4 women graduate Marine Infantry Training, Army again states will not lower standard
Two semi-related articles in the news today. First, four women graduated Marine Infantry training:
The four were among a group of 15 enlisted women who were the first to participate in a Marine Corps study to determine which ground combat jobs should be open to women.
The Marines' enlisted infantry training includes a grueling 20-kilometer hike wearing more than 80 pounds of gear. Seven women began the Oct. 28 hike. Three women and 26 of 246 men did not finish it, the Marines said.
Throughout the infantry training, the women were held to the same standards as men, including performing full pull-ups instead of a flexed-arm hang during the physical fitness test, the Marine Corps Times said.
I did the math on the drop-out rate for "the hike", and for what it is worth, 40% of women dropped out to just over 10% of men. I think that is about what people expected. No one I know ever stated that ALL men are more physically capable that ALL women. The last line is of course good to read, and matches what the Army is saying as well:
The Army’s top officer pledged Monday that the service will not lower physical standards as it works to comply with a Pentagon order to open all military jobs to women, including the infantry and other physically demanding “ground combat” fields.
“Whatever we do, we are not going to lower the standards,” Gen. Raymond Odierno, the Army’s chief of staff, told USA Today in an interview Monday. “The standards will be the same.”
Critics have raised concerns that the pressure to open military jobs that are currently closed to women, such as tanks, infantry and special operations, would lead to pressure to change those standards.
This is a good thing, because in a statement earlier in the year, Joint Chief's Chairman Dempsey seemed to be flipping the standard issue somewhat:
“If we do decide that a particular standard is so high that a woman couldn’t make it, the burden is now on the service to come back and explain to the secretary, why is it that high? Does it really have to be that high?”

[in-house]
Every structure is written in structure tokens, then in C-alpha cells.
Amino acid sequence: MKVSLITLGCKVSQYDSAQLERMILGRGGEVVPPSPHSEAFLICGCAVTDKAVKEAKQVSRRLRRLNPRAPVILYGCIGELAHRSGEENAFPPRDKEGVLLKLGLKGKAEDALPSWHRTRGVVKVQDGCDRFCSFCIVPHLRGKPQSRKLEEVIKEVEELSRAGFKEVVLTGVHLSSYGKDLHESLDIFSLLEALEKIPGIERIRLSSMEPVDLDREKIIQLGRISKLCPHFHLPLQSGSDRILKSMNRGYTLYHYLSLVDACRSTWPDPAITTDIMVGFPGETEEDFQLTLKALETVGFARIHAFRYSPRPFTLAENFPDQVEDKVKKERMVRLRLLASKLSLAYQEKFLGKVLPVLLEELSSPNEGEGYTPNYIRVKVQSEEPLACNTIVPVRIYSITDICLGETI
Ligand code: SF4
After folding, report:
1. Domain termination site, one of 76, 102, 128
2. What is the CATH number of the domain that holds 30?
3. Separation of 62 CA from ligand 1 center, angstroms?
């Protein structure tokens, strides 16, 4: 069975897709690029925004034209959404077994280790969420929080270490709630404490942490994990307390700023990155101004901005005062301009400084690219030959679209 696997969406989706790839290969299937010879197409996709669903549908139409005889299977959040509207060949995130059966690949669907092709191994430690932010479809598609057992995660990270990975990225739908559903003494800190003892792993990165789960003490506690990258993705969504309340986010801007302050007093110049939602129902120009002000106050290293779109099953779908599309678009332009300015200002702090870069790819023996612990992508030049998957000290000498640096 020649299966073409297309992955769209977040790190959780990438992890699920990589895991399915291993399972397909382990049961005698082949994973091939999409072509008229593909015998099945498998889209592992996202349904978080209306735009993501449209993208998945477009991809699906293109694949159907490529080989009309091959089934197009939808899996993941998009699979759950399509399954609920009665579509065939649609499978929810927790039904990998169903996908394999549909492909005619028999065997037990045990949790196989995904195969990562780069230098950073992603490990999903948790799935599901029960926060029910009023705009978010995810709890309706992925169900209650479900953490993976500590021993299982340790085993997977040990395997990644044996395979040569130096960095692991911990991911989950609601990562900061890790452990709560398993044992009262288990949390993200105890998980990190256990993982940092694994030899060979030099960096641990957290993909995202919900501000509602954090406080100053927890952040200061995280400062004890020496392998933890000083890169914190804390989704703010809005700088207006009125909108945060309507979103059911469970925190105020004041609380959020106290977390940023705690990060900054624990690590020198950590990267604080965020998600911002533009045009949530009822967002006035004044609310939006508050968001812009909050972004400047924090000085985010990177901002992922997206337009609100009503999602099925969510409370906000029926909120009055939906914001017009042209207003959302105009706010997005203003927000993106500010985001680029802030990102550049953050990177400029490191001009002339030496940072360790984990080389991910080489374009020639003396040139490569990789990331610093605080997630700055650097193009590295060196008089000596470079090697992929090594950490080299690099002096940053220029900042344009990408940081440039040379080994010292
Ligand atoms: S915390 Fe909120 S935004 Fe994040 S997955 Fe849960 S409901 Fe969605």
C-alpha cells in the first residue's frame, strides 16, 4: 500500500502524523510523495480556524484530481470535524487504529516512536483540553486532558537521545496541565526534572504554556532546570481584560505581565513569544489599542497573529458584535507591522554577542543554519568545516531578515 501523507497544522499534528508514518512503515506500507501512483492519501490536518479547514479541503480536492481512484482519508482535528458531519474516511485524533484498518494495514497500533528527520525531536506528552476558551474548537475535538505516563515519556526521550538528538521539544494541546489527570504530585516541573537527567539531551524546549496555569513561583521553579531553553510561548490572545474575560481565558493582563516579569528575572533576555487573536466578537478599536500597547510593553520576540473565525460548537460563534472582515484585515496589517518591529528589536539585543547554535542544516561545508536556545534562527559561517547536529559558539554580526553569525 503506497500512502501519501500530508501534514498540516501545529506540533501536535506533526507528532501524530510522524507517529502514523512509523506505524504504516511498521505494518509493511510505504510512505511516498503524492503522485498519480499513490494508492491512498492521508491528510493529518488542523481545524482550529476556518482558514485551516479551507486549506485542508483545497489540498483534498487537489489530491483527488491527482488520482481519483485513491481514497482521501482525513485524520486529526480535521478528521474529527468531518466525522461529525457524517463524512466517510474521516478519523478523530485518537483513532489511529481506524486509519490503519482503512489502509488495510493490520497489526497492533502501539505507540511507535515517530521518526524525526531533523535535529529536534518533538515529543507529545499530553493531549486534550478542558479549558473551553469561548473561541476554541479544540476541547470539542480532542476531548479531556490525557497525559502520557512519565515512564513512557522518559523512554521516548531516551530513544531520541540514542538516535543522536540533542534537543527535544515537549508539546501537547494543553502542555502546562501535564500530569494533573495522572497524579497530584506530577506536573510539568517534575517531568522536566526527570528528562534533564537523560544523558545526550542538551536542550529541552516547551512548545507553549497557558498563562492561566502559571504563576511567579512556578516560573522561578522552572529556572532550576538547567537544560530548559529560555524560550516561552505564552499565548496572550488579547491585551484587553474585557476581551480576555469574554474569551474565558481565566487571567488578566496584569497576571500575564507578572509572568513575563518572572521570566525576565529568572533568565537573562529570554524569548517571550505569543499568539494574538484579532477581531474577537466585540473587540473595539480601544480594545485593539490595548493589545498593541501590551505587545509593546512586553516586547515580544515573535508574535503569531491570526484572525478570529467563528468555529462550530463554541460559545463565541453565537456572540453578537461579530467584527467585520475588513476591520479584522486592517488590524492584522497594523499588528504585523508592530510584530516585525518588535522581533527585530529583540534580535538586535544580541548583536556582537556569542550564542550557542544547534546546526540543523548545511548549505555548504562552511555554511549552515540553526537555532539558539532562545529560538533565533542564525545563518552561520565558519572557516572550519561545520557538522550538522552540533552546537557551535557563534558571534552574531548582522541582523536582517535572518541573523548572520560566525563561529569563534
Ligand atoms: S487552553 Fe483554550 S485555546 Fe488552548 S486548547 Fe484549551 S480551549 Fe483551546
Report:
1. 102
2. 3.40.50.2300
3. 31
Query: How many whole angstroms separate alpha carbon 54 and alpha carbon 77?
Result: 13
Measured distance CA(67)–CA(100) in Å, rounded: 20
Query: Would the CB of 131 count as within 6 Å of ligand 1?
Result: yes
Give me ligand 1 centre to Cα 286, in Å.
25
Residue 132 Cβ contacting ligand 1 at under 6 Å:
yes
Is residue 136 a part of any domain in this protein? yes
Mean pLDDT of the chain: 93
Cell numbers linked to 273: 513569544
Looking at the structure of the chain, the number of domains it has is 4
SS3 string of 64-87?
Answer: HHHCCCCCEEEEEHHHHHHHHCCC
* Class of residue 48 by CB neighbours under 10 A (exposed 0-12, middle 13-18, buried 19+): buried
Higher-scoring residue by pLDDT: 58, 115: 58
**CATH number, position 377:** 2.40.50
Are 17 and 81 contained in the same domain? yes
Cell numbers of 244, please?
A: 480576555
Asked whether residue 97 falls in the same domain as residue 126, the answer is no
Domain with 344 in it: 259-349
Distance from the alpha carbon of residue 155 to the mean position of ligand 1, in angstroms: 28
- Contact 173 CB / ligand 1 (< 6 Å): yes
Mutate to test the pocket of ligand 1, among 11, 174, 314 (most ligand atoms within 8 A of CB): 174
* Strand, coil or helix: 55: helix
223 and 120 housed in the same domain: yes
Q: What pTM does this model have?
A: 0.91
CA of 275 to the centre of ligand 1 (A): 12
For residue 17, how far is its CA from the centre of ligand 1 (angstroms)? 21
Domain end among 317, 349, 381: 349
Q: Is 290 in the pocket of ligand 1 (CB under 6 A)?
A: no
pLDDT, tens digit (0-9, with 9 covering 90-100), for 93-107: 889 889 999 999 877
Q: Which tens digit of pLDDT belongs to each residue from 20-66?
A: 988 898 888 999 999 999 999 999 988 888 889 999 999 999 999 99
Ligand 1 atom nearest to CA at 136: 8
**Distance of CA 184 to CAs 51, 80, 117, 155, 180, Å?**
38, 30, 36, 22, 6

Again, it's somewhat scary when you use as the basis the fact that less women are passing, and then start changing the standard from that standpoint. Either the standard is important for the MOS, or it isn't. Here's another article that seems like they are waffling on the point, despite the statements above:
The service conducted “proxy tests” this summer, involving 400 females and 400 males at Quantico Marine Base, Va., and at Camp Lejeune, N.C. The tests looked at tasks such as “lifting a tank round and loading it,” Krebs said.
“The data from the performance on those proxy tests will be correlated against the performance of the Marines doing physical fitness and combat fitness test events,” Krebs said.
“And we will kind of see … if a Marine gets a 300 on the PFT and CFT; how well they do on the MOS tasks. So we are looking at that to see … whether or not these physical standards are applicable to these MOSs.
“Depending on what the data says, and what it shows, it will decide whether or not any of the standards for the MOSs need to change.”
As my friend Jonn quipped, "Maybe they can develop a tank round that will meet the weight standards instead of exploring the possibility that females can be trained to the standard."
The American Legion position on the issue is the same one articulated by both the Marines and the Army, and is found in Resolution 139:
RESOLVED, By The American Legion in National Convention assembled in Indianapolis, Indiana, August 28, 29, 30, 2012, That The American Legion strongly believes that the Department of Defense and all branches of the military services must maintain the current physical and mental requirements and qualifications for acceptance into military service that have created the best and most respected military in the world; and, be it further
RESOLVED, That the mental and physical qualifications of all military personnel, regardless of gender or age, should be held to a single duty position specific standard depending on Military Occupational Specialty (MOS) and not be amended without Congressional authority; and, be it further...
RESOLVED, That The American Legion believes that without such Congressional hearings and oversight there exists the distinct possibility that changes will be made to lessen the current standards or set a double standard, one for men and one for women, for the sake of accommodating personnel for "social experiments," therefore, reducing our nation’s military effectiveness.